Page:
First, the property tax exemptions for universities are not something new or something NYU actively sought; it is a principle that has been enshrined in New York State real property law for over 200 years (ie, prior to NYU's founding) in recognition of the special, vital, charitable mission of certain not-for-profit organizations, such as houses of worship, hospitals, schools and universities, etc. And NYU actually does already pay some $15 million annually in property taxes, either directly (for any spaces we own and lease out that are not serving our scholarly mission (like a food service establishment on the first floor of a building that is otherwise used for academics) or indirectly (for property taxes connected to spaces we lease).
Second, to choose two charitable, non-profit organizations out of the thousands in the state and compel them to be treated like for-profit entities certainly strikes us as misguided and unfair.
Third, the tax status that derives from NYU’s charitable educational mission is not a one-way exchange. We are deeply appreciative of those policies, which have been in place for two centuries, but we also take some modest pride in the many, many ways, small and large, that NYU contributes to the city’s well-being and its economy. NYU has a strong robust record of commitment to conducting programs that are vital to the well-being of New York City. NYU, just as every other charitable organization in the State, has relied on the principles and tax exemptions long enshrined in state law since its founding. Were NYU suddenly taxed on its property, it would be extraordinarily disruptive, not only to our extensive operations, but to the now well-established mechanisms of support that NYU provides to every level of New York government. Today, we are a partner in addressing long-standing needs. If this were to change, we would be forced to rethink much of the way we operate.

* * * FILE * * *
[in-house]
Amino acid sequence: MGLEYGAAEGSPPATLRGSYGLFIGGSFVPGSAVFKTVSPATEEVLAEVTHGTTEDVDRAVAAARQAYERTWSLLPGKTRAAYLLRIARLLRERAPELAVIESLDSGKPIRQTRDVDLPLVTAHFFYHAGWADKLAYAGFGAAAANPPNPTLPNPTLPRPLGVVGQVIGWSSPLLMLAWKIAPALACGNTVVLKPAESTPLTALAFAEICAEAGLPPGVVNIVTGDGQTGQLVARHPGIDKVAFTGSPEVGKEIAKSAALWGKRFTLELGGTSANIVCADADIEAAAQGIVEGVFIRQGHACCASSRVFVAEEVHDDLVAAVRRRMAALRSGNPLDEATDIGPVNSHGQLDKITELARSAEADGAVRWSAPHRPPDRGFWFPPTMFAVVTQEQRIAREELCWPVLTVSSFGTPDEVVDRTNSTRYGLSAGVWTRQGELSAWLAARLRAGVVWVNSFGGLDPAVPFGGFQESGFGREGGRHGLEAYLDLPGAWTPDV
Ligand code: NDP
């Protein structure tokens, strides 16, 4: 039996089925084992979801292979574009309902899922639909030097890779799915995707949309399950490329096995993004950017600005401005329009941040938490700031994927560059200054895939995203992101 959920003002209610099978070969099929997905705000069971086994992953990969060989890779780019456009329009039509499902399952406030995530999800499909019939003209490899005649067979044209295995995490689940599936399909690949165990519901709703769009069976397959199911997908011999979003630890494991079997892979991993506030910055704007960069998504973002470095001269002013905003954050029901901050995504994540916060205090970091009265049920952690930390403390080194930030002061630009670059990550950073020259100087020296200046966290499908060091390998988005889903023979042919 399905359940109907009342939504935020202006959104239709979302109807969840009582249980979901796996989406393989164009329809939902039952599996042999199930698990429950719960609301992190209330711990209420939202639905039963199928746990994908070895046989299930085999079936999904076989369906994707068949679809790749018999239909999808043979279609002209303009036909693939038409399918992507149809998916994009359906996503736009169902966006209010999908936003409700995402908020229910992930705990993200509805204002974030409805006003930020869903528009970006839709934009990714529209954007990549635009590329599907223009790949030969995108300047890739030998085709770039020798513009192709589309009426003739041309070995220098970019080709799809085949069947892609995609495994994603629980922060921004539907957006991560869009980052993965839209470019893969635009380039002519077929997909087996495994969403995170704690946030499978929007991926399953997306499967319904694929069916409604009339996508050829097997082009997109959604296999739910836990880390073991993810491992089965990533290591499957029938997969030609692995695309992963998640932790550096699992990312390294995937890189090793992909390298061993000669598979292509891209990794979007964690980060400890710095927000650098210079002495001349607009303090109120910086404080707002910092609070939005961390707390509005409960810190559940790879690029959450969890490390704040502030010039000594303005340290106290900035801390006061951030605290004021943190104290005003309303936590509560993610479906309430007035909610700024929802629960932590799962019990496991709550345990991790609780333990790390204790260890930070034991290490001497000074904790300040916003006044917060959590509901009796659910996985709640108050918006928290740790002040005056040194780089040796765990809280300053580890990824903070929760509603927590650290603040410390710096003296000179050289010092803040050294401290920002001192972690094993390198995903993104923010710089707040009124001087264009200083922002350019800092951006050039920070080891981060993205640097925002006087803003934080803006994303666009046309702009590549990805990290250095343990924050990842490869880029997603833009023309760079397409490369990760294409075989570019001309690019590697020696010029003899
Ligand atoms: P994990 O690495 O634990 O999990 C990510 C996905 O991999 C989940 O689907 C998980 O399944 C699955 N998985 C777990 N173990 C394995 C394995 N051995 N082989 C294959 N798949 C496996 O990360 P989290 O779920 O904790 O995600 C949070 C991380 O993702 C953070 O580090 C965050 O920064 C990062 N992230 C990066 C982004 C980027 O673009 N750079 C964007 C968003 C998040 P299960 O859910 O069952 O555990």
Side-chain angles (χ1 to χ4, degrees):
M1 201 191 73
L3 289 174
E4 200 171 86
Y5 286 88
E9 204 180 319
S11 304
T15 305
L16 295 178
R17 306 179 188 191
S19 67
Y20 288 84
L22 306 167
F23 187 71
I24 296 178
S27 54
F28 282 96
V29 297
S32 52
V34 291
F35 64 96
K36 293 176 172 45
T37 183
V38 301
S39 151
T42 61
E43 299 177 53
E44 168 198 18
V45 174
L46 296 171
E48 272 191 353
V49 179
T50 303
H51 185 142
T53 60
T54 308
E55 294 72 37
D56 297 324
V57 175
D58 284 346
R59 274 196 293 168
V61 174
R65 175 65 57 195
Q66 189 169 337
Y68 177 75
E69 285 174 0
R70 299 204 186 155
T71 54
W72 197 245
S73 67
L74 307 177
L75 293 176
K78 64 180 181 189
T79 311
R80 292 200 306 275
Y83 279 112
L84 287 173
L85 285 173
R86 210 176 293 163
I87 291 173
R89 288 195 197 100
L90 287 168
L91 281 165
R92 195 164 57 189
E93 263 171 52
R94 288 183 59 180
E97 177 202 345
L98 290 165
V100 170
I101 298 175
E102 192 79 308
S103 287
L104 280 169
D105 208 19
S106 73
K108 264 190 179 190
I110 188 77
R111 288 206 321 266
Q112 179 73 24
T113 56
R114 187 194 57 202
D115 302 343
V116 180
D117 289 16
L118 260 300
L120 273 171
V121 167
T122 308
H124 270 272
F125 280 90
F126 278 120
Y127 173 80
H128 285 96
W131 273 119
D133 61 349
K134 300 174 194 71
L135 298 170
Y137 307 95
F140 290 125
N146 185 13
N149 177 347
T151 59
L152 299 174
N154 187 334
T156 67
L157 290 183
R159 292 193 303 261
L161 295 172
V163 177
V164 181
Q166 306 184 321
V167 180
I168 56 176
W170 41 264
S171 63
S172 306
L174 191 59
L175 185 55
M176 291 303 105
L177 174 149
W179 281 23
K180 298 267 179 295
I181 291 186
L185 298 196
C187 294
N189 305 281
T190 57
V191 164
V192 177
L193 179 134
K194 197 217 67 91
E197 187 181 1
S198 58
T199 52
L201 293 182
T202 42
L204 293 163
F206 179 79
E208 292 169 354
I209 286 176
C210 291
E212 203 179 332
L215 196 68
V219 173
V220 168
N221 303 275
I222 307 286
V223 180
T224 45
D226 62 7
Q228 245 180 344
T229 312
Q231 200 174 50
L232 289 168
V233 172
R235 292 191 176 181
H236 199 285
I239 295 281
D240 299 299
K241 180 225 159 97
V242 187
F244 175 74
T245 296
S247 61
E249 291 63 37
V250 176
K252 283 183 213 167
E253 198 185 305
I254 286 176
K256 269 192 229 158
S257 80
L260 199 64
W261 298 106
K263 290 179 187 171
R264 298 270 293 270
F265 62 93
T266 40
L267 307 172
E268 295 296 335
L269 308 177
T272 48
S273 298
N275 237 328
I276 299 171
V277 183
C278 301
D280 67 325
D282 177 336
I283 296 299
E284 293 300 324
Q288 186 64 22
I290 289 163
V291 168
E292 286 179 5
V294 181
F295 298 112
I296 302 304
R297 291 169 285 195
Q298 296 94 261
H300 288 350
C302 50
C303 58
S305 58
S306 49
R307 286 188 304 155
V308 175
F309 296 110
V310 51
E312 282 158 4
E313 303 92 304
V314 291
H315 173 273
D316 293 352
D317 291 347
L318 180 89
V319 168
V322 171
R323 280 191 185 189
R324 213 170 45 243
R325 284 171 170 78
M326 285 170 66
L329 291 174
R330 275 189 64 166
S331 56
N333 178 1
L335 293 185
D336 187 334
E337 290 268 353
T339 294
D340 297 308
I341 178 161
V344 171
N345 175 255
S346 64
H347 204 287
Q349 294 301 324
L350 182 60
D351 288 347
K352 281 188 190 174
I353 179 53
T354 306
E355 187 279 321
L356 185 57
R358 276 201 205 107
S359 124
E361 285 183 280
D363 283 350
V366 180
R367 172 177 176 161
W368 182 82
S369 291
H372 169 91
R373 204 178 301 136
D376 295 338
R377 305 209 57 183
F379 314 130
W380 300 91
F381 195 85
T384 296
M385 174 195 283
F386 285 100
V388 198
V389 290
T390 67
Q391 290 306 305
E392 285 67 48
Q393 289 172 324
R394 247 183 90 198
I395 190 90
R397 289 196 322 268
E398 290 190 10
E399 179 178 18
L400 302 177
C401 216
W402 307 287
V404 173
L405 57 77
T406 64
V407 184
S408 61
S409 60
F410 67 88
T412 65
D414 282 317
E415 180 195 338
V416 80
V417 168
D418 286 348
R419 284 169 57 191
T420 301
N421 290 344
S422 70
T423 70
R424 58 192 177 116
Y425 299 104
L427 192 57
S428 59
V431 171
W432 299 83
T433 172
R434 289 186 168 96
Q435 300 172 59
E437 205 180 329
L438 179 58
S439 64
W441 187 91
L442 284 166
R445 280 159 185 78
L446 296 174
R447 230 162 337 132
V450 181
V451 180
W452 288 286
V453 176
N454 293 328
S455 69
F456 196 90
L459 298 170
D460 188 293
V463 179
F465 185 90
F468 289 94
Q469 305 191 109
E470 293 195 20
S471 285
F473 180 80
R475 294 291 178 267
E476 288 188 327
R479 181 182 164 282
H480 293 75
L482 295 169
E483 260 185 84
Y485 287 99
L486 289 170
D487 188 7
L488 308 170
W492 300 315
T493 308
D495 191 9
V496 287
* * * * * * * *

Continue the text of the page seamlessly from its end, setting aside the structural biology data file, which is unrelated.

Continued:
Just by way of example:
- NYU runs one of the largest, if not the largest, HEOP program in New York State - a program specifically for New York students. And where HEOP-participating institutions are supposed to match 15% of state funding, NYU matches it at more than 50%.
- NYU’s engineering school has been deeply involved in science education in the NYC public schools for over 20 years, providing innovative K-12 STEM programs.
- NYU runs the largest America Reads / America Counts program in the US, annually putting some 850 NYU students in New York City public school classrooms in over 70 schools in Manhattan, Brooklyn, and the Bronx to assist public school students with their education.
- In a typical year, some 16,000 NYU students will engage in community service, contributing some 1.7 million hours.
- NYU Langone’s total community health benefit last year was $1.4 billion, which includes unreimbursed costs of care for Medicaid and Medicare patients. NYU Langone provided more than $70 million in charity care and operates nearly 75 Family Health Centers that provide care and assistance for people regardless of their ability to pay or insurance status.